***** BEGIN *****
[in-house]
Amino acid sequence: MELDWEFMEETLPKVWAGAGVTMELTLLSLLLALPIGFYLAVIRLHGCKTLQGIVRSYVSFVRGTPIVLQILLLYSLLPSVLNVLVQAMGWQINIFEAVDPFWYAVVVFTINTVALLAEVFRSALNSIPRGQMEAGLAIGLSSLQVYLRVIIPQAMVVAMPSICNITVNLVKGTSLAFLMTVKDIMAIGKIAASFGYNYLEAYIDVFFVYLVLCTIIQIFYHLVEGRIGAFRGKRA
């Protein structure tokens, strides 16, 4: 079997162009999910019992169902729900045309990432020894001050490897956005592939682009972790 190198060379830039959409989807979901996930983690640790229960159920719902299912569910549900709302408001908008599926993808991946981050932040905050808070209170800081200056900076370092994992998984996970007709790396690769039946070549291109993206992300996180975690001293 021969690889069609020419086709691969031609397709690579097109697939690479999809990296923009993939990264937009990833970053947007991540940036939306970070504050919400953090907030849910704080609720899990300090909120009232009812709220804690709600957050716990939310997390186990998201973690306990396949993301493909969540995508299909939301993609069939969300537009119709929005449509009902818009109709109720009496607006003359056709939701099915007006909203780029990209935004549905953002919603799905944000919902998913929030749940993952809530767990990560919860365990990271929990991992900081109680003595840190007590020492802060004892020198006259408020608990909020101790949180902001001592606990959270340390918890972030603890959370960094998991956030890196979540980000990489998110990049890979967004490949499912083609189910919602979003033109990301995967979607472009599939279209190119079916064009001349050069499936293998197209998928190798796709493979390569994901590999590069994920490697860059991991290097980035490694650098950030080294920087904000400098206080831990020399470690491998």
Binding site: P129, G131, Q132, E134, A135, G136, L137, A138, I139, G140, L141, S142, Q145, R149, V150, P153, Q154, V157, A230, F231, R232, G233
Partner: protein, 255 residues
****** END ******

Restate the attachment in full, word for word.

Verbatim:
[in-house]
Amino acid sequence: MELDWEFMEETLPKVWAGAGVTMELTLLSLLLALPIGFYLAVIRLHGCKTLQGIVRSYVSFVRGTPIVLQILLLYSLLPSVLNVLVQAMGWQINIFEAVDPFWYAVVVFTINTVALLAEVFRSALNSIPRGQMEAGLAIGLSSLQVYLRVIIPQAMVVAMPSICNITVNLVKGTSLAFLMTVKDIMAIGKIAASFGYNYLEAYIDVFFVYLVLCTIIQIFYHLVEGRIGAFRGKRA
């Protein structure tokens, strides 16, 4: 079997162009999910019992169902729900045309990432020894001050490897956005592939682009972790 190198060379830039959409989807979901996930983690640790229960159920719902299912569910549900709302408001908008599926993808991946981050932040905050808070209170800081200056900076370092994992998984996970007709790396690769039946070549291109993206992300996180975690001293 021969690889069609020419086709691969031609397709690579097109697939690479999809990296923009993939990264937009990833970053947007991540940036939306970070504050919400953090907030849910704080609720899990300090909120009232009812709220804690709600957050716990939310997390186990998201973690306990396949993301493909969540995508299909939301993609069939969300537009119709929005449509009902818009109709109720009496607006003359056709939701099915007006909203780029990209935004549905953002919603799905944000919902998913929030749940993952809530767990990560919860365990990271929990991992900081109680003595840190007590020492802060004892020198006259408020608990909020101790949180902001001592606990959270340390918890972030603890959370960094998991956030890196979540980000990489998110990049890979967004490949499912083609189910919602979003033109990301995967979607472009599939279209190119079916064009001349050069499936293998197209998928190798796709493979390569994901590999590069994920490697860059991991290097980035490694650098950030080294920087904000400098206080831990020399470690491998």
Binding site: P129, G131, Q132, E134, A135, G136, L137, A138, I139, G140, L141, S142, Q145, R149, V150, P153, Q154, V157, A230, F231, R232, G233
Partner: protein, 255 residues